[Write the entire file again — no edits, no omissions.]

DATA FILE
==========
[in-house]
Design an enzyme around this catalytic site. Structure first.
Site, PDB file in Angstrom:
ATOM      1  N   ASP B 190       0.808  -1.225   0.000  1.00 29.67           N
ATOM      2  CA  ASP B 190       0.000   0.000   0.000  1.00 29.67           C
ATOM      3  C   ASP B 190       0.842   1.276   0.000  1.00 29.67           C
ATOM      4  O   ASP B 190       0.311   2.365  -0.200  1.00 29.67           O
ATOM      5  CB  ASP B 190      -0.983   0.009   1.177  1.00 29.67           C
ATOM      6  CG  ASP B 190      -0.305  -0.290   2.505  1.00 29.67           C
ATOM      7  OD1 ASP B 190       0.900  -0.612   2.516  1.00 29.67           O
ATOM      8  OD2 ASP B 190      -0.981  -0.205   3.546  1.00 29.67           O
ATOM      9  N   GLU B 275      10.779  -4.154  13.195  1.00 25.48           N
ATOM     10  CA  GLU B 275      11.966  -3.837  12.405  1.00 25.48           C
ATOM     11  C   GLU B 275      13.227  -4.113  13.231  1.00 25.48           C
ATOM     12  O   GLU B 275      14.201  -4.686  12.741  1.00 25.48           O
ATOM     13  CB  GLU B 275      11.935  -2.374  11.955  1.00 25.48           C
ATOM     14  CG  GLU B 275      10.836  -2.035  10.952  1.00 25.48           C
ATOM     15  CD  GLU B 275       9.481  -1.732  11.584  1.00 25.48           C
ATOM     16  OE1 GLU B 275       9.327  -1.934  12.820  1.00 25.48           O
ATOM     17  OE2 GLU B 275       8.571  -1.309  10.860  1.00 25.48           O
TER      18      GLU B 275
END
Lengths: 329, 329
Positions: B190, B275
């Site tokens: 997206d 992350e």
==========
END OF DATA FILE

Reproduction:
[in-house]
Design an enzyme around this catalytic site. Structure first.
Site, PDB file in Angstrom:
ATOM      1  N   ASP B 190       0.808  -1.225   0.000  1.00 29.67           N
ATOM      2  CA  ASP B 190       0.000   0.000   0.000  1.00 29.67           C
ATOM      3  C   ASP B 190       0.842   1.276   0.000  1.00 29.67           C
ATOM      4  O   ASP B 190       0.311   2.365  -0.200  1.00 29.67           O
ATOM      5  CB  ASP B 190      -0.983   0.009   1.177  1.00 29.67           C
ATOM      6  CG  ASP B 190      -0.305  -0.290   2.505  1.00 29.67           C
ATOM      7  OD1 ASP B 190       0.900  -0.612   2.516  1.00 29.67           O
ATOM      8  OD2 ASP B 190      -0.981  -0.205   3.546  1.00 29.67           O
ATOM      9  N   GLU B 275      10.779  -4.154  13.195  1.00 25.48           N
ATOM     10  CA  GLU B 275      11.966  -3.837  12.405  1.00 25.48           C
ATOM     11  C   GLU B 275      13.227  -4.113  13.231  1.00 25.48           C
ATOM     12  O   GLU B 275      14.201  -4.686  12.741  1.00 25.48           O
ATOM     13  CB  GLU B 275      11.935  -2.374  11.955  1.00 25.48           C
ATOM     14  CG  GLU B 275      10.836  -2.035  10.952  1.00 25.48           C
ATOM     15  CD  GLU B 275       9.481  -1.732  11.584  1.00 25.48           C
ATOM     16  OE1 GLU B 275       9.327  -1.934  12.820  1.00 25.48           O
ATOM     17  OE2 GLU B 275       8.571  -1.309  10.860  1.00 25.48           O
TER      18      GLU B 275
END
Lengths: 329, 329
Positions: B190, B275
């Site tokens: 997206d 992350e």